The New Star Power

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Byline: Ramin Setoodeh and David Ansen

Hollywood's best on playing hurt, kissing onscreen, work/life balance, and why none of them is on Facebook. Welcome to NEWSWEEK's 14th Oscar Roundtable.

Nicole Kidman, we learned, stuttered as a child. James Franco doesn't care if you know he sleeps in class. "If there weren't cameras here," says Natalie Portman, "this could be really therapeutic." It kind of was. Our Oscar Roundtable is always a little like Inception--it really gets into an actor's head. But this year's was so full of pain, relief, humiliation, love, and other drugs of the profession, you wonder: who would want a trophy life?

All your performances are high-risk, for different reasons. Annette, you are in a relationship with Julianne Moore's character.

Annette Bening: Oh, that was easy. It was completely intuitive, and she's just a joy. Colin knows. It is funny, being in love with people, or in our case pretending to be in love with people. Sometimes it's quite challenging and that's your job.

Colin Firth: The worst obstacle to acting in love is really being in love with the other person. Because it's not controllable. There is no way to harness that and turn it into something that's useful to you.

Bening: I remember being in acting class, and someone was talking about that, and he was very practical about it--especially if you have an aversion to that person, which can happen. He said, you've got to get over it. One of the words was "substitution." You take the head of the person that's actually there, and --

Firth: You Photoshop it.

Bening: You Photoshop another head! [Laughter] Seriously. And then you fake it.

Does anybody else do that?

James Franco: I guess I use the trick in a way. I don't know if I would call it Photoshop.

Bening: I didn't use that word. Colin does the Photoshopping!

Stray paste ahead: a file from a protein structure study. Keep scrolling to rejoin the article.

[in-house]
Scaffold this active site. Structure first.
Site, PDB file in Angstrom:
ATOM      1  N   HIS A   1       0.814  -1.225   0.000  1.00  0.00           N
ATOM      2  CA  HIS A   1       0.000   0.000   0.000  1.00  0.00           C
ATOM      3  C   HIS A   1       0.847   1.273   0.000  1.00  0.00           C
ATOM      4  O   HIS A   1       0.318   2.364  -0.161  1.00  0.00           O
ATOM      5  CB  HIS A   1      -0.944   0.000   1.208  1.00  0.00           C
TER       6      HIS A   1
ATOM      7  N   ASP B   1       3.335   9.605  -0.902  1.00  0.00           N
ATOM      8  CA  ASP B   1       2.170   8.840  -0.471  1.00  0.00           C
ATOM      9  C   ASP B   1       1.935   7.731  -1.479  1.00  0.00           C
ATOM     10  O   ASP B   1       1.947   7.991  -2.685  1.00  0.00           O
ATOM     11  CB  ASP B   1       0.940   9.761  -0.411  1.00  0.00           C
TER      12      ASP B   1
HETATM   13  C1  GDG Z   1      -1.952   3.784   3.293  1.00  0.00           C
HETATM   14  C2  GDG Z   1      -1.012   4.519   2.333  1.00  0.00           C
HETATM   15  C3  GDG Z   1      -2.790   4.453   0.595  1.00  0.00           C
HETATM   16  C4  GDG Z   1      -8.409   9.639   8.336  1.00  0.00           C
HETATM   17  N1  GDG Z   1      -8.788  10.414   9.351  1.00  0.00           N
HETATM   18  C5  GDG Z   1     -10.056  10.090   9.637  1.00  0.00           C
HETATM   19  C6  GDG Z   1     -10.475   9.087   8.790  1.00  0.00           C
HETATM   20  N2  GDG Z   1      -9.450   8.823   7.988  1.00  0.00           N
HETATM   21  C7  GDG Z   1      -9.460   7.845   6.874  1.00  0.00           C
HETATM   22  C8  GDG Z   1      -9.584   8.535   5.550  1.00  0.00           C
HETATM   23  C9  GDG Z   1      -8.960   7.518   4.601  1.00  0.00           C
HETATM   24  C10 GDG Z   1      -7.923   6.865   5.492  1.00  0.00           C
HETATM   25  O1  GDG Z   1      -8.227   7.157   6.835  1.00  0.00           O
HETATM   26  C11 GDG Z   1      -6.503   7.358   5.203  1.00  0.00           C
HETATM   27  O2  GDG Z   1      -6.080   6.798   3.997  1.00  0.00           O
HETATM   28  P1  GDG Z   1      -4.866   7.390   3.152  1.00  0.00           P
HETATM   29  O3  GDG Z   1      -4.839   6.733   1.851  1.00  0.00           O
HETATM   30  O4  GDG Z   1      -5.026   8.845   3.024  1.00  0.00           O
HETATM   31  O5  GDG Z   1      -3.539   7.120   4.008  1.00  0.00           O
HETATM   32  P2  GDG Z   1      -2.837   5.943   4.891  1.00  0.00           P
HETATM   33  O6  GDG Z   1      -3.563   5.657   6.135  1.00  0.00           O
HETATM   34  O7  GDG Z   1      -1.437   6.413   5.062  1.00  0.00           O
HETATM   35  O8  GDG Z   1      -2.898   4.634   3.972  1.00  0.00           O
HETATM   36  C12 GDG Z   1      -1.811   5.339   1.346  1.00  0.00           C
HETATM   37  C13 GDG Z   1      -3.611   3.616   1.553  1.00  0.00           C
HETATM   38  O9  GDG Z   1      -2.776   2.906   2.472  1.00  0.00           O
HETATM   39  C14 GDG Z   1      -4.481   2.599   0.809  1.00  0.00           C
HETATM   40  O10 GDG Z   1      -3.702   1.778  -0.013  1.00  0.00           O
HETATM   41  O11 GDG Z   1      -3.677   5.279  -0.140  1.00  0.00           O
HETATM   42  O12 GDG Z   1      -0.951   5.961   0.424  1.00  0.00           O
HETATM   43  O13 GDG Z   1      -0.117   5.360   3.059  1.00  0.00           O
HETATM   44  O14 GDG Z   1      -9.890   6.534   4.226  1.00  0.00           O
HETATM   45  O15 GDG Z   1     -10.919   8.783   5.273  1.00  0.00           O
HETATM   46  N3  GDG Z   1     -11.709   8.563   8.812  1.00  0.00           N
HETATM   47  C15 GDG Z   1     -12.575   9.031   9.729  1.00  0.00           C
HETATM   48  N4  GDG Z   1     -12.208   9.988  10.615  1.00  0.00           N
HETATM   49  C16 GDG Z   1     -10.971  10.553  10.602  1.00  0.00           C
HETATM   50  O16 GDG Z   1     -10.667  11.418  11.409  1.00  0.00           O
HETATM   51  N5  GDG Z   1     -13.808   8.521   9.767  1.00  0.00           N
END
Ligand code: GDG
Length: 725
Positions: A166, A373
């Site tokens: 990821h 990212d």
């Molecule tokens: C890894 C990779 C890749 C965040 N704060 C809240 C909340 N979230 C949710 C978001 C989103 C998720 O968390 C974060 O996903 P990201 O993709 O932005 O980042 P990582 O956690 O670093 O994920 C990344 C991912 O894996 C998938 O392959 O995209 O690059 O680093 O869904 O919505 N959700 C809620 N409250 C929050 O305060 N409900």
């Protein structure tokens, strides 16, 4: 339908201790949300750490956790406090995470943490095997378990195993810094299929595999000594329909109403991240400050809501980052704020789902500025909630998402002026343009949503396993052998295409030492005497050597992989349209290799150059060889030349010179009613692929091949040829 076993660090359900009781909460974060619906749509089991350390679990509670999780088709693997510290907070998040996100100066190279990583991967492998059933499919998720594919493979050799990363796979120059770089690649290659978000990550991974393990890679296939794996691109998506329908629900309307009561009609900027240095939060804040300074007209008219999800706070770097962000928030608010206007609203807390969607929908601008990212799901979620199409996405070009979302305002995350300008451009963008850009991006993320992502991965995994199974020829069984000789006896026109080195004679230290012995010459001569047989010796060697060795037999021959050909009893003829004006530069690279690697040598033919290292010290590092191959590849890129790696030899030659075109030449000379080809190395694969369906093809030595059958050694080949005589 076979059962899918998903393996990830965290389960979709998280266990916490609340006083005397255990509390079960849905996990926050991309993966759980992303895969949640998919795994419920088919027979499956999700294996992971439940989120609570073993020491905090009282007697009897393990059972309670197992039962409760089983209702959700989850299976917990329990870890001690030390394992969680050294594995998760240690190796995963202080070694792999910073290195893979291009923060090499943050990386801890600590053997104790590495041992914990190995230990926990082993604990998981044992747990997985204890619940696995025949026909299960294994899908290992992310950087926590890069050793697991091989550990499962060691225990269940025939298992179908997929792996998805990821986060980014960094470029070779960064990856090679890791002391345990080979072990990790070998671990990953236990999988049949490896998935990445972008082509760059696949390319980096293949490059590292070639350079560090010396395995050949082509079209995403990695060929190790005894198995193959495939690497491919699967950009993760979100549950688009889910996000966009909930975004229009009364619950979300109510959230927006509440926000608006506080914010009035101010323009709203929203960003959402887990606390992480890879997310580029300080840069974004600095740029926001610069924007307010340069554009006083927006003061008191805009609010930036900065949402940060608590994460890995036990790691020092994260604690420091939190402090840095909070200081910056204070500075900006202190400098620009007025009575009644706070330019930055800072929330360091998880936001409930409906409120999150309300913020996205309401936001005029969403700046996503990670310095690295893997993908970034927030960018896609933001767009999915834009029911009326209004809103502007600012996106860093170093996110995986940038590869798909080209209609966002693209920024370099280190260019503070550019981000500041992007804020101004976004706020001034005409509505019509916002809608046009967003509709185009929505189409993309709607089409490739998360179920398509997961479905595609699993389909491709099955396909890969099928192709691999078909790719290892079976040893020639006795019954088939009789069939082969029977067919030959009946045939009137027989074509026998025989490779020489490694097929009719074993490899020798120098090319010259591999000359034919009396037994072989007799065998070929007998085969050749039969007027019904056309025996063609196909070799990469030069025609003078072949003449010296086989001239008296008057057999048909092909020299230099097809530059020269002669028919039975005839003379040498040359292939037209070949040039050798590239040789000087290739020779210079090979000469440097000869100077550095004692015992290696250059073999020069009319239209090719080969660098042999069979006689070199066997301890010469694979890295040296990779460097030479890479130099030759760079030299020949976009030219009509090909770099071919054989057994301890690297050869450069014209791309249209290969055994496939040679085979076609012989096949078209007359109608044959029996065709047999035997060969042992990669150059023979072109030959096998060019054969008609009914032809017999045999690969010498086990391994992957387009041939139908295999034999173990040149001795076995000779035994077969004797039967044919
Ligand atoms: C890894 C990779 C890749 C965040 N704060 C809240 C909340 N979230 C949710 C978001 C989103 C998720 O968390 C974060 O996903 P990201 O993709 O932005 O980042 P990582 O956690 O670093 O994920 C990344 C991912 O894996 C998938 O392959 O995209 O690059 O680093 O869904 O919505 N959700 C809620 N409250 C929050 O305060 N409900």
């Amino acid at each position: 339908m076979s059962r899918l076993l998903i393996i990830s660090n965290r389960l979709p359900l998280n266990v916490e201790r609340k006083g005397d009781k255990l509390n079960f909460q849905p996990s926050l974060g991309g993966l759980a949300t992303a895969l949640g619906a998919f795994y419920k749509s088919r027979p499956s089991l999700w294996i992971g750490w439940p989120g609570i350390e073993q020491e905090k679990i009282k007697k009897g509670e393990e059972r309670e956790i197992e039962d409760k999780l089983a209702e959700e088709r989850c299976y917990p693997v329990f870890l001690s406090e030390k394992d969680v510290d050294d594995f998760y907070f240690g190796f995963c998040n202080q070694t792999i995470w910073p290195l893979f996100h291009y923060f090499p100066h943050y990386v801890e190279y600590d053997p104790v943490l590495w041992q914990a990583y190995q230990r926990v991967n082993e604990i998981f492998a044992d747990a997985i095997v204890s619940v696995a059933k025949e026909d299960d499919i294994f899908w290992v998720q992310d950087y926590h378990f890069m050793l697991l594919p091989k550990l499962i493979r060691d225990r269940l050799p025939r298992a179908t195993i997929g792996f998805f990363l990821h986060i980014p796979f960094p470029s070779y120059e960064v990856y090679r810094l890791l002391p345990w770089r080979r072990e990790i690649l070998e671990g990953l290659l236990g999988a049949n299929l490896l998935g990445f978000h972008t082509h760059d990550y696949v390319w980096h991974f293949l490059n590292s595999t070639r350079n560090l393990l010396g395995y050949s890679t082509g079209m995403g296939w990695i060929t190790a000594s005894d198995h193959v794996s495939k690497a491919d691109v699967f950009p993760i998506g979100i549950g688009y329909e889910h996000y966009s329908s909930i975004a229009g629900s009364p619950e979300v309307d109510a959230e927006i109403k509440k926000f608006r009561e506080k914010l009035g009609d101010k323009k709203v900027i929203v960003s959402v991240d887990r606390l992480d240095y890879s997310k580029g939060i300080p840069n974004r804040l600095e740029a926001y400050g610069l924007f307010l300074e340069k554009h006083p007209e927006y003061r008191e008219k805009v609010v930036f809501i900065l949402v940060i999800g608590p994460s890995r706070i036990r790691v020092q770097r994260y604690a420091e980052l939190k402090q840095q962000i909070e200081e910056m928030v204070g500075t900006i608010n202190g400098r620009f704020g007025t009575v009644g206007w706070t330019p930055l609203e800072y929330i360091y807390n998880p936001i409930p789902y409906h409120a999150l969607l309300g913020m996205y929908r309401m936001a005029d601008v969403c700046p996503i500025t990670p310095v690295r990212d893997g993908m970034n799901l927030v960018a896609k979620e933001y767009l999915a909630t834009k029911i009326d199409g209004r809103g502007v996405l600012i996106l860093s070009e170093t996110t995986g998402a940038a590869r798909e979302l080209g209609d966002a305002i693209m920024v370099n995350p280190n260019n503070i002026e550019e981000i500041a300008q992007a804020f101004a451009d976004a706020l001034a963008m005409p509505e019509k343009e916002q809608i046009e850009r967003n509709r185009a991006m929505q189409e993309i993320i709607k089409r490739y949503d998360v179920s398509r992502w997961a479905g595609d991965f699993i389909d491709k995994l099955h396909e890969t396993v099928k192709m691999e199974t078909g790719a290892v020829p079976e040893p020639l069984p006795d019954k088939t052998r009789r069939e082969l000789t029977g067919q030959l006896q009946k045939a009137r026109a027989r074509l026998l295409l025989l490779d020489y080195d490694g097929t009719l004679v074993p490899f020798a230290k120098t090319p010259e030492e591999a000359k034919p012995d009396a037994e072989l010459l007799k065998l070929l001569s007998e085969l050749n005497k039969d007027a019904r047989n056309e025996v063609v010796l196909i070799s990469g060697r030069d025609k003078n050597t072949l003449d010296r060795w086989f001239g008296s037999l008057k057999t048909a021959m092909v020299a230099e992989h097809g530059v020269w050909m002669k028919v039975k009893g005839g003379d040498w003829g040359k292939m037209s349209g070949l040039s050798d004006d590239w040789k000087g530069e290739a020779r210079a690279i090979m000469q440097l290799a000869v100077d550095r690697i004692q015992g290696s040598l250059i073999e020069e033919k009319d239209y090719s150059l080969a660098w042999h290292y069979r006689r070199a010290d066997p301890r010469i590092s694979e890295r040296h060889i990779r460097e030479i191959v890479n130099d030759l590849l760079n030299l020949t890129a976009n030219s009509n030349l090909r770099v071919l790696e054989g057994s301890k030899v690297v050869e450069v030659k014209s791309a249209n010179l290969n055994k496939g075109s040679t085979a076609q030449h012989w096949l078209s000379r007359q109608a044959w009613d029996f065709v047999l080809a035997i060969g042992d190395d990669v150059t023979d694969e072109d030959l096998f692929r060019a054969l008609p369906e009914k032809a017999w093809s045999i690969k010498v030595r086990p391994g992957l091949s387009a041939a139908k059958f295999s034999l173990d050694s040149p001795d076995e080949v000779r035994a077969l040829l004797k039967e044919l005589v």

Franco: You understand what it's like to be intimate with someone, so you just kind of let yourself go over to that situation. I don't know if I've ever had a great love scene that people would think, oh yeah, you really nailed that, so I don't know if I'm the one to ask, but that's what I do.

Firth: Well, some people just do it.

Bening: Do what?

Firth: Sex! The whole deal. There are films that make a virtue of that.

Care to give any examples?

Nicole Kidman: Last Tango.

Firth: Michael Winterbottom's 9 Songs.

Natalie Portman: Brown Bunny. You can find many of them online.

Michelle, what about you?

Michelle Williams: I thought it was maybe coming to that.

You and Ryan Gosling lived in the same house for Blue Valentine?

Williams: Yeah, we lived together in this house. It was supposed to be a week and then it turned into a month because we were having a hard time fighting with each other. We really, really liked each other, and we didn't want to. So it took a while to break it down, and the idea was that we build these shared memories together. Like as a family, as a couple, and to trust each other.

Were you in character?

Williams: We pretty much stayed in character. The director wasn't there. He would leave us alone.

Where would you sleep?

Williams: It was all daytime activities. To be clear -- [Everybody laughs.]

Nicole, do you have any thoughts?

Kidman: What's the question?

Bening: Sex.

Kidman: For me, it's different every time. If the film is worthy, I'm willing to explore. I don't have any set rules. I try to stay open and that's it. As long as I have a director that I don't feel is exploiting me or is going to abuse me.

Is there a secret to landing a good kiss?

Kidman: So much of that is how you capture it. Baz Luhrmann has a particular way of setting up a kiss. On Moulin Rouge, he was extremely precise, because he revered old movies and those big screen kisses. …